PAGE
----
Then the evacuees started to arrive in Baton Rouge. One woman desperately begged for my phone. Her husband was injured during the storm and they were plucked off their roof by separate helicopters. She didn't know where he was. She didn't know if he was alive. Since that time, everyday technology has made numerous and significant advances to keep people safe and families connected.
Over the past year, as the global technology director or the American Red Cross, I have spent some time with residents of three settlements in Nairobi to better understand the fire risk and help find innovative solutions to this overwhelming problem. When fires occur, residents shout, ring bells, honk horns, crank sirens and use social media to alert others. Some residents risk their lives to suppress the fire using blankets and buckets, others douse their unaffected homes with water and sand or knock them down to stop the spread.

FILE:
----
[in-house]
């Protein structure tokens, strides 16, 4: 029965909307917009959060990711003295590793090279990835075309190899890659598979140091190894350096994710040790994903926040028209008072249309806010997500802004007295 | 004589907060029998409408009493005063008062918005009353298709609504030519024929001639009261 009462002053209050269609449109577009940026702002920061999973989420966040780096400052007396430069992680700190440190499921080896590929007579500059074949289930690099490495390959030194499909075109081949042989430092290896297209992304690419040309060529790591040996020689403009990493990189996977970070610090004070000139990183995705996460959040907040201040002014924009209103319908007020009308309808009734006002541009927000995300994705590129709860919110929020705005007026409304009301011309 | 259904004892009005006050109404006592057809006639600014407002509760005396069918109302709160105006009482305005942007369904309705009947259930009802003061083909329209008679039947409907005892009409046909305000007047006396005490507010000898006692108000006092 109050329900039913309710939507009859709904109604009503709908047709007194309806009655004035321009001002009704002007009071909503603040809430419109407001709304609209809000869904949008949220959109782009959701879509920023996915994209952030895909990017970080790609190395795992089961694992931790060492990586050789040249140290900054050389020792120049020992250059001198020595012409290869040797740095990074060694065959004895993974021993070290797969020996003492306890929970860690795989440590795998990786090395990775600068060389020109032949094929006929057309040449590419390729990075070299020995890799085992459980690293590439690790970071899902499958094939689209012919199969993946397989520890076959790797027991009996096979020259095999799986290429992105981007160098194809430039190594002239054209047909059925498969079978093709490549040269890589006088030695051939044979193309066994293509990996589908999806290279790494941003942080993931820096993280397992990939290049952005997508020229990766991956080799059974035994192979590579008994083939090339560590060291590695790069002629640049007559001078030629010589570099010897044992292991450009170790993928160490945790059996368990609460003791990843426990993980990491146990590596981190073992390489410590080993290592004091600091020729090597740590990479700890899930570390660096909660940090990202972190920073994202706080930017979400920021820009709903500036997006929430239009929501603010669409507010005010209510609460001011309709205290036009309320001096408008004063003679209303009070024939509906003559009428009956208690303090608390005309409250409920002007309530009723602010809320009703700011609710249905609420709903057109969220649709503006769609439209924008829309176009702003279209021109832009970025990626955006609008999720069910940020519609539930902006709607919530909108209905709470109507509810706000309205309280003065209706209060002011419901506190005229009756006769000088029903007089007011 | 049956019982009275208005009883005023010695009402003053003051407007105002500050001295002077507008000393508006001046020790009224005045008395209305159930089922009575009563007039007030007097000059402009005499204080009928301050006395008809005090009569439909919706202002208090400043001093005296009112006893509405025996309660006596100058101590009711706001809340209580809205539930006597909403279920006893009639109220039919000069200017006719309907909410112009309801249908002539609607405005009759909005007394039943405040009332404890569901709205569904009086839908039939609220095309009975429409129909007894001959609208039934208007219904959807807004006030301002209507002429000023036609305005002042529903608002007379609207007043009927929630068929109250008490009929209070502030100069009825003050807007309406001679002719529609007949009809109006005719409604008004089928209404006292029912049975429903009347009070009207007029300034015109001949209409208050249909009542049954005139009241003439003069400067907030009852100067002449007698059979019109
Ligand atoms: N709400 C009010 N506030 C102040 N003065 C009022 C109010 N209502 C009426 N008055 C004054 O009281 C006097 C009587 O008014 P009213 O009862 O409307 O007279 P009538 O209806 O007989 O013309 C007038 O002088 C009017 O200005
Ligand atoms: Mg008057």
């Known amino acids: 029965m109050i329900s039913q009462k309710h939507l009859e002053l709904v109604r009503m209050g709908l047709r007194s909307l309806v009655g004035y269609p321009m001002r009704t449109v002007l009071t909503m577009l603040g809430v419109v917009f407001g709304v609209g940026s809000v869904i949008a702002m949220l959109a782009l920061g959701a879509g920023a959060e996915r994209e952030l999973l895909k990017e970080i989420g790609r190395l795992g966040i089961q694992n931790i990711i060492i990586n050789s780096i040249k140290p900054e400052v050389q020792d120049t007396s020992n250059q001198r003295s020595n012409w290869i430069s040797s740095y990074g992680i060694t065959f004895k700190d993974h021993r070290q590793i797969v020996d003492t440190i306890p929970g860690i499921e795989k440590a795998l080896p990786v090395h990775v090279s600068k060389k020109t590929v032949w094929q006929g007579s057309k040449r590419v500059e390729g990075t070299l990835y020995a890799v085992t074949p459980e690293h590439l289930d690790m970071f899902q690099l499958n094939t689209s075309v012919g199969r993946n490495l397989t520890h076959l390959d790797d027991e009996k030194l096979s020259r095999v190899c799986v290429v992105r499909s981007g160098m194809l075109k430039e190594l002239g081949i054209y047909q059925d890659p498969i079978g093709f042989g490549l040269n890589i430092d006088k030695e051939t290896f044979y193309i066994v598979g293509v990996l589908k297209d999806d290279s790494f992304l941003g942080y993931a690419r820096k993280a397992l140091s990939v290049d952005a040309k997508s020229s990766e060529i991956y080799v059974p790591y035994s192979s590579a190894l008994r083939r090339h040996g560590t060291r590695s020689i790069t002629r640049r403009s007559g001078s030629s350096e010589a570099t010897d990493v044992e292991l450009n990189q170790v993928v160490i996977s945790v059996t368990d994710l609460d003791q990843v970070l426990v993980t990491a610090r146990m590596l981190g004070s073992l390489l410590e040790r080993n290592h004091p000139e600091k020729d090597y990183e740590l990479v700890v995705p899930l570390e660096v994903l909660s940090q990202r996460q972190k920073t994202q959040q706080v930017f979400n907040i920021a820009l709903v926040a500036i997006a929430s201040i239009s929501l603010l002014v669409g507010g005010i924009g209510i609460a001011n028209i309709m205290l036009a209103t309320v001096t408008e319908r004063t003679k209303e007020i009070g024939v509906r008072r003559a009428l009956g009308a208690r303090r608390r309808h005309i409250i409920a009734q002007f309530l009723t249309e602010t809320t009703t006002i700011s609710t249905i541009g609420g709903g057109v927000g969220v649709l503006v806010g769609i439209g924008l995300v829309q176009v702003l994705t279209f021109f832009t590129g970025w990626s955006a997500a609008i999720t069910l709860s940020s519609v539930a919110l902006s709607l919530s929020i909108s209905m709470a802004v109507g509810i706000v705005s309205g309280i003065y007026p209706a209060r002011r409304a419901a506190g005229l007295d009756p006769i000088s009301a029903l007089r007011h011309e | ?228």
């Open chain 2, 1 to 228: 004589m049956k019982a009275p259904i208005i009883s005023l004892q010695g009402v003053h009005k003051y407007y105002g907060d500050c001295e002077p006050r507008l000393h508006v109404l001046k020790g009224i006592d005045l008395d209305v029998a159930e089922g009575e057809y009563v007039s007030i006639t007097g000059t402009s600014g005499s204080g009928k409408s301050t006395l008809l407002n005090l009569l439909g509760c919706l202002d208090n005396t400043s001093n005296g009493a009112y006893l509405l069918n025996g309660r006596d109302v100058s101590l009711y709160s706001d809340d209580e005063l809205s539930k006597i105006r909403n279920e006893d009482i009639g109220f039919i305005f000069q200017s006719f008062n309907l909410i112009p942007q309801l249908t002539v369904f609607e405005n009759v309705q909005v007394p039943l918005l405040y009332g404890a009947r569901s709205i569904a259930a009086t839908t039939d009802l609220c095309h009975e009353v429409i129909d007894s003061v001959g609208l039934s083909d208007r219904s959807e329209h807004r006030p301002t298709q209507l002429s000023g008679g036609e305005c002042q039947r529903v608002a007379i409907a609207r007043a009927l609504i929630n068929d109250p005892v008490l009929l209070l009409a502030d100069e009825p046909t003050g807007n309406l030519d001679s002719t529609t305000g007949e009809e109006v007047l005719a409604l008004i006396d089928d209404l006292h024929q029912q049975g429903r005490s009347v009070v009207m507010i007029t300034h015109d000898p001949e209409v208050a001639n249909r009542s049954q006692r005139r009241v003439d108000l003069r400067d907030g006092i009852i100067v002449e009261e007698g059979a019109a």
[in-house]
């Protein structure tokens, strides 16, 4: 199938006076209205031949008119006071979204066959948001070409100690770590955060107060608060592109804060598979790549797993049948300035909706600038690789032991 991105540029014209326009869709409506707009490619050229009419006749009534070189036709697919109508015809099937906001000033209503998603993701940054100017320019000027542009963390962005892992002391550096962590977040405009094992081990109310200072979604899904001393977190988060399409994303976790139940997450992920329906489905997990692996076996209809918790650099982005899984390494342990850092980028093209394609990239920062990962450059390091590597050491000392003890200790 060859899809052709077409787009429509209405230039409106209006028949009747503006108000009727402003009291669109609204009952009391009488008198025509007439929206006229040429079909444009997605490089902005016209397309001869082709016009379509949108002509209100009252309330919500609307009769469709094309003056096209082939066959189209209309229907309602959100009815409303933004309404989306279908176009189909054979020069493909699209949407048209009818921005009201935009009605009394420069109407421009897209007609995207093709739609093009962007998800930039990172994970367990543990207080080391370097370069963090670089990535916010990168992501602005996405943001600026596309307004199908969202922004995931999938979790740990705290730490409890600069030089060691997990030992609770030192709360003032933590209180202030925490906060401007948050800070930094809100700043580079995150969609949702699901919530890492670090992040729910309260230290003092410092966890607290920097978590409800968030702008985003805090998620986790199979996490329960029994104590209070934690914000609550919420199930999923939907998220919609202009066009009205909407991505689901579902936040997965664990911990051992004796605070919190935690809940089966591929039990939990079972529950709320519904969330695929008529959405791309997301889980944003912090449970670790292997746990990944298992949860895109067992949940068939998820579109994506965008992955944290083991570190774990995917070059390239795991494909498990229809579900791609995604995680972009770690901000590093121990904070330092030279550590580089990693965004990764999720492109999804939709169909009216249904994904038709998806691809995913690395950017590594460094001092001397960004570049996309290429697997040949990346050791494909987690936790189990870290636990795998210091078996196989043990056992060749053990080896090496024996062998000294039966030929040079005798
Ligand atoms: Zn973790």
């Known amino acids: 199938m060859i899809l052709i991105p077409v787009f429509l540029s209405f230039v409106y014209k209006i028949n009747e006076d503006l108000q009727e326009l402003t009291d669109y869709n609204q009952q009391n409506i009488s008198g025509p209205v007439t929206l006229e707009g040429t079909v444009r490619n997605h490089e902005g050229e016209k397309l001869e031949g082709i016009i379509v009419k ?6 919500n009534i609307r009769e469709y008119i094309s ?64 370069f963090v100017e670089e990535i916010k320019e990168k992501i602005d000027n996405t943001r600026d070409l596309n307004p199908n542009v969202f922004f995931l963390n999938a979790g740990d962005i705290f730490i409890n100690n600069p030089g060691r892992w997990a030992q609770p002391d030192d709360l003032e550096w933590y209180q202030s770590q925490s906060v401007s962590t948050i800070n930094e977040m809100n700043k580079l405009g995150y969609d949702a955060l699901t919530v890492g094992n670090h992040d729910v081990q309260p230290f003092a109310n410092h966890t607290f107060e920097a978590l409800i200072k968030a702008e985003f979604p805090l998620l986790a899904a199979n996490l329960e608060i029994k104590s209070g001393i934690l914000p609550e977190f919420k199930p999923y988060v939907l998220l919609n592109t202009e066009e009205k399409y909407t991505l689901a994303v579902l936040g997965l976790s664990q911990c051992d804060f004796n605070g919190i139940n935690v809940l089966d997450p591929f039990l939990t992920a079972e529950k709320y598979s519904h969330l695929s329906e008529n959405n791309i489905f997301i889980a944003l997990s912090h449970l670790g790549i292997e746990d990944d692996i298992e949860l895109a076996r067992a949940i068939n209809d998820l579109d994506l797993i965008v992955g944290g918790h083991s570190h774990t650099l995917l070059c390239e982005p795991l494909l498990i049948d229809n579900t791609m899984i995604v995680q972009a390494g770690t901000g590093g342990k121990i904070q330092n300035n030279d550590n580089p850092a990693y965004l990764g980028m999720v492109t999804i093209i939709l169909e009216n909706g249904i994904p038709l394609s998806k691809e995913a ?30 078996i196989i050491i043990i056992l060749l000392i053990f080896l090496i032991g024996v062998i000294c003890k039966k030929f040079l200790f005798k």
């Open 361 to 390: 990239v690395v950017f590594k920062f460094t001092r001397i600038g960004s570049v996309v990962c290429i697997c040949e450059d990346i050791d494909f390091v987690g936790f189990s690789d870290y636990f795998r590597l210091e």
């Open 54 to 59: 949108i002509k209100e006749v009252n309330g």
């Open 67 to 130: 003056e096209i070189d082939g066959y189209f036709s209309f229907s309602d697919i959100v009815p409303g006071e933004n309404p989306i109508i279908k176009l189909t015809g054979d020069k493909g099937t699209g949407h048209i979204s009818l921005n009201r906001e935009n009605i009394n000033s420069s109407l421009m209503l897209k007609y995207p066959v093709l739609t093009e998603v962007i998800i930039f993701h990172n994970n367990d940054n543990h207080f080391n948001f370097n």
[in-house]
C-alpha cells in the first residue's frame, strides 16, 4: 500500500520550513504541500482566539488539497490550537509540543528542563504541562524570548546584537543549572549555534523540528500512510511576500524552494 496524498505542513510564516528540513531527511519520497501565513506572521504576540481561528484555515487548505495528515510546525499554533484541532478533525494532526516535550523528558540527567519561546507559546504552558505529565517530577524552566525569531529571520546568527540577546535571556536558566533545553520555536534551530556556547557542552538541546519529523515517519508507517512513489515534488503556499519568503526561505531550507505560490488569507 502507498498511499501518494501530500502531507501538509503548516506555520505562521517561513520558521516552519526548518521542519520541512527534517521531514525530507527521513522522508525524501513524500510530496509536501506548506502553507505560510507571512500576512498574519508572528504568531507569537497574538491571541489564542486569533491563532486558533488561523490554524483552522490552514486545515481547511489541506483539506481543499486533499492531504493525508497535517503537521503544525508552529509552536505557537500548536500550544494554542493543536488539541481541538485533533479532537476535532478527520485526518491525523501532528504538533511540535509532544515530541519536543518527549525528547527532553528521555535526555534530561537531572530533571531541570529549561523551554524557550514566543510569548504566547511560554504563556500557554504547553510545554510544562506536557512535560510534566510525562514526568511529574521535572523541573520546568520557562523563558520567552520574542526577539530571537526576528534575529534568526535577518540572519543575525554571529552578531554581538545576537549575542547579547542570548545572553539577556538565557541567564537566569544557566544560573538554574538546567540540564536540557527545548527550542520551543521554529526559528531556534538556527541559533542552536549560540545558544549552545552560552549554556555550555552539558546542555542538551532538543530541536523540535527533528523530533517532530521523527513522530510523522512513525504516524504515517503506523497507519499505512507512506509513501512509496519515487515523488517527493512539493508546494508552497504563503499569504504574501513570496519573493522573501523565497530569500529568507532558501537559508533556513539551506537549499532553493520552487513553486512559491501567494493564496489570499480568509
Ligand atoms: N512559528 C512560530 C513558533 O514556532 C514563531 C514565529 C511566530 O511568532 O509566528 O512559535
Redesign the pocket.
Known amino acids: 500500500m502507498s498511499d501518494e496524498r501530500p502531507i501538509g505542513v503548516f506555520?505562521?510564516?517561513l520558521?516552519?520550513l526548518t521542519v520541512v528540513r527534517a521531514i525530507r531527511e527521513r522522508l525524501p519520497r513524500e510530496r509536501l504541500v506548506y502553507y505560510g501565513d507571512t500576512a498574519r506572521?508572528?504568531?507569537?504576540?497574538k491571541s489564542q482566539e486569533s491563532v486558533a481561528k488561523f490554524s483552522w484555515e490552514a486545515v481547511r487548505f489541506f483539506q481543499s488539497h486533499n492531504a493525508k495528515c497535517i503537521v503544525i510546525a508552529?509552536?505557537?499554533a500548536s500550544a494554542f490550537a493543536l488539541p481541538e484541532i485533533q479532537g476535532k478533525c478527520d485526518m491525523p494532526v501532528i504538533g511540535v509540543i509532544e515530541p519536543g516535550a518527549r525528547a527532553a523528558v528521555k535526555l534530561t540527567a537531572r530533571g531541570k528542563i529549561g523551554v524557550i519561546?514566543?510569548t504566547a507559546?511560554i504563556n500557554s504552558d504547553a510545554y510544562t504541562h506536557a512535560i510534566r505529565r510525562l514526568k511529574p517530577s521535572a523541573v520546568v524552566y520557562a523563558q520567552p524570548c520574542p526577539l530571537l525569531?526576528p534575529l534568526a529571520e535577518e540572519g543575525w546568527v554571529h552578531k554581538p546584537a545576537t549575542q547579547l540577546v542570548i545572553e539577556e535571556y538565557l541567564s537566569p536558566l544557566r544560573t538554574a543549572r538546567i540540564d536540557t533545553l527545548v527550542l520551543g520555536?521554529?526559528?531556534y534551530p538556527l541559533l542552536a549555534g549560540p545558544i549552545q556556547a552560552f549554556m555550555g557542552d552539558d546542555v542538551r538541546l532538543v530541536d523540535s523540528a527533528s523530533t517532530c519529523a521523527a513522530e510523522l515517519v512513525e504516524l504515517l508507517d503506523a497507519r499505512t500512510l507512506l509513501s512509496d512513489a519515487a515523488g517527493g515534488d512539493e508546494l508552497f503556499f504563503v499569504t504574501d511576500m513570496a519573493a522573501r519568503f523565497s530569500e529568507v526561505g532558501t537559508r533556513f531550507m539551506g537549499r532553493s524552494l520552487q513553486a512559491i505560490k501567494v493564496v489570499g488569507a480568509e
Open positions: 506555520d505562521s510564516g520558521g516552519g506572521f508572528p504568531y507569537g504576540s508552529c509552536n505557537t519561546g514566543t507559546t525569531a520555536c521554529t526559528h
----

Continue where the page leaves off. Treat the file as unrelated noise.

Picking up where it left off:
By the time I was in my early twenties my purse was filled with paraphernalia for chapped lips, chapped hands, unruly fingernails, allergies, parking lot thugs, cuts and bruises, bad hair, bad weather, bad breath and bad karma. When I became a mother, my purse ballooned to the size of Mont Blanc. It took awhile to realize that I was lugging around not just a lot of useless stuff; I was lugging around the what-if-you-never-know culture and anxiety of Preparedness.